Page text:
East Timor seeks longer UN mandate

Prime minister appeals to security council for one year peacekeeping extension.

    Australian soldiers were sent to Dili, East Timor's capital, last year following unrest [File: AP]

    The peace-keeping mandate is usually extended at six-monthly intervals,

    but Ramos-Horta has also asked for it to be extended for a year instead.

     

    He argued the usual six-month extension to the peacekeeping mandate meant that those working in East Timor would search for other jobs after three months in case a renewal was not forthcoming.

     

    Diplomats said negotiations on the length of the mandate were under way.

     

    China has objected to a year’s extension to the mandate, arguing that the council would have less oversight, envoys to the UN said.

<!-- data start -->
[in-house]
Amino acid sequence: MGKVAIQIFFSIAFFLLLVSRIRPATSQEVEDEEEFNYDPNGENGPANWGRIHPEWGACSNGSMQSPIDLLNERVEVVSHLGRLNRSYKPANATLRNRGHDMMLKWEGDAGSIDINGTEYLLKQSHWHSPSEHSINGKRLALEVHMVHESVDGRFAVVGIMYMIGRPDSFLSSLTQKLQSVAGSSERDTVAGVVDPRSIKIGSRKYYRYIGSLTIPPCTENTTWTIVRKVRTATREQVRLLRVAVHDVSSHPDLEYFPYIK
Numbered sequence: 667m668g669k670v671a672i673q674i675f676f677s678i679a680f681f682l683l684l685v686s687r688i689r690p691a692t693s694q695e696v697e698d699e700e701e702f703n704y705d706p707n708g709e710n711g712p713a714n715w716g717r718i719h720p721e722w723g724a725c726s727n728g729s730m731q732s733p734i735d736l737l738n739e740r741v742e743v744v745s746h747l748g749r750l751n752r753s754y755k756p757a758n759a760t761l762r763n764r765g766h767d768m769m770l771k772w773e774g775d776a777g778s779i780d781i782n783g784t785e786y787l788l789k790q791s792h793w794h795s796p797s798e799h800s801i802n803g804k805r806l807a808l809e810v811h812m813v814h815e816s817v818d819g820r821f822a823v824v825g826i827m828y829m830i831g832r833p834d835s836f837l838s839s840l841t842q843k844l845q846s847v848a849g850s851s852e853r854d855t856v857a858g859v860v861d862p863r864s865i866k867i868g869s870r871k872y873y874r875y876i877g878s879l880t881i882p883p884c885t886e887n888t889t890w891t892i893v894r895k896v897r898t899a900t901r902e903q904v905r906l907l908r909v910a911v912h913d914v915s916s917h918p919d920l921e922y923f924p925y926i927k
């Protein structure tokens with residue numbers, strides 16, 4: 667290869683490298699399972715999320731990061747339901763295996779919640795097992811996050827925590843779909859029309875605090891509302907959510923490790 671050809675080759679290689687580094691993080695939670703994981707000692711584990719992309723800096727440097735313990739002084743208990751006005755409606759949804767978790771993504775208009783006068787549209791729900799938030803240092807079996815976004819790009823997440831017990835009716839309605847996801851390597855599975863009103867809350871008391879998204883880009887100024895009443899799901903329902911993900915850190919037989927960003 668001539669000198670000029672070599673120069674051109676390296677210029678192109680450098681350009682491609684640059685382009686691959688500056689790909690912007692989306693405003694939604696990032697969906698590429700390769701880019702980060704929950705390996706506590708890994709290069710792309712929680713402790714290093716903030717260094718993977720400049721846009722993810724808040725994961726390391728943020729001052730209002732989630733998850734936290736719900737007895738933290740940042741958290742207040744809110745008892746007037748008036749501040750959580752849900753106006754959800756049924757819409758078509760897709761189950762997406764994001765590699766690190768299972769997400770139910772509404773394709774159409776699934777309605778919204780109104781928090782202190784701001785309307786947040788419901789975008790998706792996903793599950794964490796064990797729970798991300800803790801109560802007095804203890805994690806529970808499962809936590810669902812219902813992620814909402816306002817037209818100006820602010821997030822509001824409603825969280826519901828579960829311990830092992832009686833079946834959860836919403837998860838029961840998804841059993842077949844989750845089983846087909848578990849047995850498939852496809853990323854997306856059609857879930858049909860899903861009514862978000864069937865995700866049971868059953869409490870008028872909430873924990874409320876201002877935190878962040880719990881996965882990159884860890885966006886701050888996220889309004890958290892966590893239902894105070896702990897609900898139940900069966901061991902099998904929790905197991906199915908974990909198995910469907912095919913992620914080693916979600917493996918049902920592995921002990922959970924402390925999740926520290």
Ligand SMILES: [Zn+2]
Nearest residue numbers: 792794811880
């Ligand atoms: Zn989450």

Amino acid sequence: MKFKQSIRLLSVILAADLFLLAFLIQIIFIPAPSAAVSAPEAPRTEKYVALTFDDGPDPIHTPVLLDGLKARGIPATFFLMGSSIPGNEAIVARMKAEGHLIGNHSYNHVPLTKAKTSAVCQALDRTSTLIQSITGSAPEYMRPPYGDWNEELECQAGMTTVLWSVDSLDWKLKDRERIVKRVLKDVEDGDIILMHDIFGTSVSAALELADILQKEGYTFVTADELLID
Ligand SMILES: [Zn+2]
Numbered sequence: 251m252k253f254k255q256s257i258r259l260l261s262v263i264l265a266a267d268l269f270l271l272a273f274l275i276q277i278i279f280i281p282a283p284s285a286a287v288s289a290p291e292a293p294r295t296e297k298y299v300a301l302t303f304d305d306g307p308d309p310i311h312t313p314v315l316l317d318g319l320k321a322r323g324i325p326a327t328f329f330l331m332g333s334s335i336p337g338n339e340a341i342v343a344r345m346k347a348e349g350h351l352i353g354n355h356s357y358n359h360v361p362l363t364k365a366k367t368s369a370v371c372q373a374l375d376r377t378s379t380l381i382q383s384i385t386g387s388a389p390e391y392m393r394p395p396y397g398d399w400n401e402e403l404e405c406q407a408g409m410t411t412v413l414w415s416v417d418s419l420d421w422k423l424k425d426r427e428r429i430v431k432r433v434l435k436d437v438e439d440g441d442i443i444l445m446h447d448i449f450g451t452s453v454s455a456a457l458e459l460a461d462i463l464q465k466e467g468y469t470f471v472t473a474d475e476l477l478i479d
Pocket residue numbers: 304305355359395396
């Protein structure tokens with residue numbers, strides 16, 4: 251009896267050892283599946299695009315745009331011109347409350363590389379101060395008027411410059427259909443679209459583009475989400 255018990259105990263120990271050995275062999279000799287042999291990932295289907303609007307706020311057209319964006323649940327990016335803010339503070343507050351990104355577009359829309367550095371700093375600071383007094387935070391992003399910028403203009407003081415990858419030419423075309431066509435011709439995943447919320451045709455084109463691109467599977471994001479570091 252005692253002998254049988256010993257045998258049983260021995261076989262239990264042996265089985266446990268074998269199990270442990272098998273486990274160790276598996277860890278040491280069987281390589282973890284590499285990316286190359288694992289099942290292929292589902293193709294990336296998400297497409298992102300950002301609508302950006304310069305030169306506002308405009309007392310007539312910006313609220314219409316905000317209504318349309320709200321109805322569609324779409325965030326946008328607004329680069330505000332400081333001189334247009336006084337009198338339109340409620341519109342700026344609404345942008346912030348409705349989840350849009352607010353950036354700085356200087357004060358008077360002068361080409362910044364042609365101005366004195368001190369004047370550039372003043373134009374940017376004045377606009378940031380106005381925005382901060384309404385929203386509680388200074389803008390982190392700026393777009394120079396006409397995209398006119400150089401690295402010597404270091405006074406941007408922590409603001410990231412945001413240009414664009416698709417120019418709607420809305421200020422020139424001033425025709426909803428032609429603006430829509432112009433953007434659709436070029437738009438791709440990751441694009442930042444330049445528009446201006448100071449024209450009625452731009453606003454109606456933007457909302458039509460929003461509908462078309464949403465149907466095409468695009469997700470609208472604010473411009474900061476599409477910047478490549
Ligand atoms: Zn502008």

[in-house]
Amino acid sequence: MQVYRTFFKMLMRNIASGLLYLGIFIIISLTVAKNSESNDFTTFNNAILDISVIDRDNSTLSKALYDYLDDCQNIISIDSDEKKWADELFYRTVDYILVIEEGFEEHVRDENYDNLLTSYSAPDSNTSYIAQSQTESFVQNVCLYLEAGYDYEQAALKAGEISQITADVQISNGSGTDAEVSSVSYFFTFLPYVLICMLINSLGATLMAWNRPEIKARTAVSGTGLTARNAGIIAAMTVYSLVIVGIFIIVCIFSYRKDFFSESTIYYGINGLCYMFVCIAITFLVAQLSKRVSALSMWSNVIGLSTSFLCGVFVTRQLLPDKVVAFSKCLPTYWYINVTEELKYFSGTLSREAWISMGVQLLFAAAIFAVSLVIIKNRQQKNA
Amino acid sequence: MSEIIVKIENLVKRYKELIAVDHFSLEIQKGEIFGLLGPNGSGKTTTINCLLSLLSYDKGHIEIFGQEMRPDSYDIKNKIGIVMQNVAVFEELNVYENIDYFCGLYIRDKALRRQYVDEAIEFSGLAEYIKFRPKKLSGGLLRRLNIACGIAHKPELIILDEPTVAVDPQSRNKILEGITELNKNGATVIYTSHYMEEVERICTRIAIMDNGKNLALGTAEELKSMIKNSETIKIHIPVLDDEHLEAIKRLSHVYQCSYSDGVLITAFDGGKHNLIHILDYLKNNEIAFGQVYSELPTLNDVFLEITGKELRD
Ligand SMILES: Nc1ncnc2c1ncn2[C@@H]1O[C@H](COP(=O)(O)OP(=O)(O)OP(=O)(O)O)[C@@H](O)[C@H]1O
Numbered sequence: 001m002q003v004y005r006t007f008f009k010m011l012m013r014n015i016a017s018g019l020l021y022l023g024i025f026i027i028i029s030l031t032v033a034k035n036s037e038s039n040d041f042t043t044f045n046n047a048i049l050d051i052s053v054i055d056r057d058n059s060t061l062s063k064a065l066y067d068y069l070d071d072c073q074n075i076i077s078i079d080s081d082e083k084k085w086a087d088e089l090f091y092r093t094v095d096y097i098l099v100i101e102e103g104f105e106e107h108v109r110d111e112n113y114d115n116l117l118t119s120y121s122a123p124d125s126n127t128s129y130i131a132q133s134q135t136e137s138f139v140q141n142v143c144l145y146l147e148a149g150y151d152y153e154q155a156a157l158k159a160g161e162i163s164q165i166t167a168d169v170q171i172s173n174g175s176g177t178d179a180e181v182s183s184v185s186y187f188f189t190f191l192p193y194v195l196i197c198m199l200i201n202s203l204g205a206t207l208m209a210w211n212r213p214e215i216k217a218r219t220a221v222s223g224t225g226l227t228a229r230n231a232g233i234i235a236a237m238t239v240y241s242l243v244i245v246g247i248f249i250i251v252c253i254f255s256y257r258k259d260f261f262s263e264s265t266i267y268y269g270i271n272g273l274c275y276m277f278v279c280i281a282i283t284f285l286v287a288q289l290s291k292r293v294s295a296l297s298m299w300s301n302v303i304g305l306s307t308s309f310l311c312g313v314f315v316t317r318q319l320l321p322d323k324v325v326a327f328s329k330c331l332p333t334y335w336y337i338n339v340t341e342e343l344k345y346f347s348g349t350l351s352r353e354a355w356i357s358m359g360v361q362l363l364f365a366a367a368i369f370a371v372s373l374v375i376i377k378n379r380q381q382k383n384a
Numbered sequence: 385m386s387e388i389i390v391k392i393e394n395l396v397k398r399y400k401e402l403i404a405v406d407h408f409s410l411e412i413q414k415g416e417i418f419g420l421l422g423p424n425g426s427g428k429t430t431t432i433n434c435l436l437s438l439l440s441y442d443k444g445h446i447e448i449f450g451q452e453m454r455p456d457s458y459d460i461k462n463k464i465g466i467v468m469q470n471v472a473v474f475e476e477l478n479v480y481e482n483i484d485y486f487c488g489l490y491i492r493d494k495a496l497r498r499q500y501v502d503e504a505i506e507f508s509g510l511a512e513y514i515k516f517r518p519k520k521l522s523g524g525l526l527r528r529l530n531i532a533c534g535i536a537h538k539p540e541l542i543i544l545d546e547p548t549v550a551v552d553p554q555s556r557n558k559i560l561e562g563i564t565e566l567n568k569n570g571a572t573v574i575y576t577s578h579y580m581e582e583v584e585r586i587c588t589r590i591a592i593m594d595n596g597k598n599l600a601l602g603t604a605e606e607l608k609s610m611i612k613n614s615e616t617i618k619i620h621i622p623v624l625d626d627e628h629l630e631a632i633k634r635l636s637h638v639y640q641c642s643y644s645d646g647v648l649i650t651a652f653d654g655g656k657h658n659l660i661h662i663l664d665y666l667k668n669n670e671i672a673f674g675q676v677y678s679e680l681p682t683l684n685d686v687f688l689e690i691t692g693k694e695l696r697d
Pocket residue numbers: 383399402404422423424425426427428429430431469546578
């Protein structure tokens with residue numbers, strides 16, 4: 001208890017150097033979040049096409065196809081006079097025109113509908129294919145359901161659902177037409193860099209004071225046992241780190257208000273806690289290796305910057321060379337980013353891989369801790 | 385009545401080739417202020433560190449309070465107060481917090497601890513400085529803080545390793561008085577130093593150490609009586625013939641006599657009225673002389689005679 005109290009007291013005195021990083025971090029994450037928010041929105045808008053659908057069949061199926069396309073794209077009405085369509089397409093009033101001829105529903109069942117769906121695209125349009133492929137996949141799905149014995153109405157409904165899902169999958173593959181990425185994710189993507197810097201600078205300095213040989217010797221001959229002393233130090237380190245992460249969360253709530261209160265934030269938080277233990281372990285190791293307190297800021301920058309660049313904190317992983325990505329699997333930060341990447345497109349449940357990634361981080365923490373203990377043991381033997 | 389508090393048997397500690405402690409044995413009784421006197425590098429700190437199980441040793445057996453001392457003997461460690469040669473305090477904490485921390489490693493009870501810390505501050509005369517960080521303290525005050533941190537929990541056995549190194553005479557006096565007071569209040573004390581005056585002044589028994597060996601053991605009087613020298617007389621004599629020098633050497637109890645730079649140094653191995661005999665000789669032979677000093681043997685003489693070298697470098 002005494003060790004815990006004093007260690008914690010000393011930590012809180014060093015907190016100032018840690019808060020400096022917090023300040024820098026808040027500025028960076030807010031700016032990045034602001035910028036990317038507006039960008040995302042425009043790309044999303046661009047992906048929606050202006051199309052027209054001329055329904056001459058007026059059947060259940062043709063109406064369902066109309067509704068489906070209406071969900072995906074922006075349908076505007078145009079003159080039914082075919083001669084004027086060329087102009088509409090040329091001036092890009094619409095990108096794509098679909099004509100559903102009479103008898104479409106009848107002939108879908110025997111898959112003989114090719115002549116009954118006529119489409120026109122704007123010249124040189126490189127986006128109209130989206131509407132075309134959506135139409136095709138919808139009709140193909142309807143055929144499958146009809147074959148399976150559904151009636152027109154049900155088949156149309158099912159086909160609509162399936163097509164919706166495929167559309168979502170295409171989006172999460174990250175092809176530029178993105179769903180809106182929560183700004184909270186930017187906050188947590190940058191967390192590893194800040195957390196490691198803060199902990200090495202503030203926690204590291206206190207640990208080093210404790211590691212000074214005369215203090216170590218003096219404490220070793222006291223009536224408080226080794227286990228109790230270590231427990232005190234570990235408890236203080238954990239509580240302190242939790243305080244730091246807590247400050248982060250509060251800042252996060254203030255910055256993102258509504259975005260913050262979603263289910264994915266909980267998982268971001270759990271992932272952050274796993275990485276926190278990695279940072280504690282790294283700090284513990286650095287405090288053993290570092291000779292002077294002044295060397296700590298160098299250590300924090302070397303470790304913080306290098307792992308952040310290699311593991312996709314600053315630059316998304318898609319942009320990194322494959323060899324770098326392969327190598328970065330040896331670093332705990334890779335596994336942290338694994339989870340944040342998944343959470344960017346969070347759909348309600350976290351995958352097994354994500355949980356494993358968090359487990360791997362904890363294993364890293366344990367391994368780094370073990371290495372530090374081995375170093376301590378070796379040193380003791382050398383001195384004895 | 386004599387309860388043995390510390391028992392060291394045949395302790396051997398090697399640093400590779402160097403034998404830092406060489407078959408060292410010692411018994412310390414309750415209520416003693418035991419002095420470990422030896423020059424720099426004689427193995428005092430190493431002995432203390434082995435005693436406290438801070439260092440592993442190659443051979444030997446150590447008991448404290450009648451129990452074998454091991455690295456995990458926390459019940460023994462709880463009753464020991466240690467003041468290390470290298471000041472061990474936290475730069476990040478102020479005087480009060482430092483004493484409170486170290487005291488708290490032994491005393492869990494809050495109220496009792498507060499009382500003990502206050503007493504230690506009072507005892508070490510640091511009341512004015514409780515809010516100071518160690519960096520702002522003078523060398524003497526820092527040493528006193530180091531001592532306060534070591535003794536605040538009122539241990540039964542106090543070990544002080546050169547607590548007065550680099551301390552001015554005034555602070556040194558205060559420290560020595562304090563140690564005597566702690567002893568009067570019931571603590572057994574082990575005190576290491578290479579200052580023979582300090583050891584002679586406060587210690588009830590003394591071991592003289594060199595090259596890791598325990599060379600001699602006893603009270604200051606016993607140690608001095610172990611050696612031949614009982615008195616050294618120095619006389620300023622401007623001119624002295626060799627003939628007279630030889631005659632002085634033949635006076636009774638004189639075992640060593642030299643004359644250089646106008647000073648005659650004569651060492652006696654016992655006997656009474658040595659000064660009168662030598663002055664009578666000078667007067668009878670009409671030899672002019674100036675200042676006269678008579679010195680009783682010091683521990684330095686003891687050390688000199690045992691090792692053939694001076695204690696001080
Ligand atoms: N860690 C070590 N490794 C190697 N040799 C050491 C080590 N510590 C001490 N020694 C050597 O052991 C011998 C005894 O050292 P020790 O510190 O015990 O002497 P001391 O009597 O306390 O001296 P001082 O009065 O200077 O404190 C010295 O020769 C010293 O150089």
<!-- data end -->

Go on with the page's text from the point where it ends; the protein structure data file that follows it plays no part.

Independence

     

    East Timor voted in a 1999 referendum for independence from Indonesia, which annexed its neighbour after Portugal ended colonial rule in 1975.

     

    The territory became fully independent in 2002 after a period of UN administration.

     

    An east-west divide in the natin of one million people erupted into chaos and gang-related violence in May 2006.

     

    Poverty and high youth unemployment plague the country, where more than 100,000 people are displaced.

     

    Australia led a 3,200-strong peacekeeping force to Dili to intervene in last year's violence. Canberra still has 800 troops in East Timor, along with 120 New Zealand troops.

     

    "The international community has again come to the assistance of the Timor-Leste," Robert Hill, Australia's UN ambassador, told the council.

     

    Rezlan Jenie, Indonesia's UN ambassador, told the security council that the United Nations and international community should continue to play a "constructive and nurturing role" in assisting East Timor.

    SOURCE: Agencies


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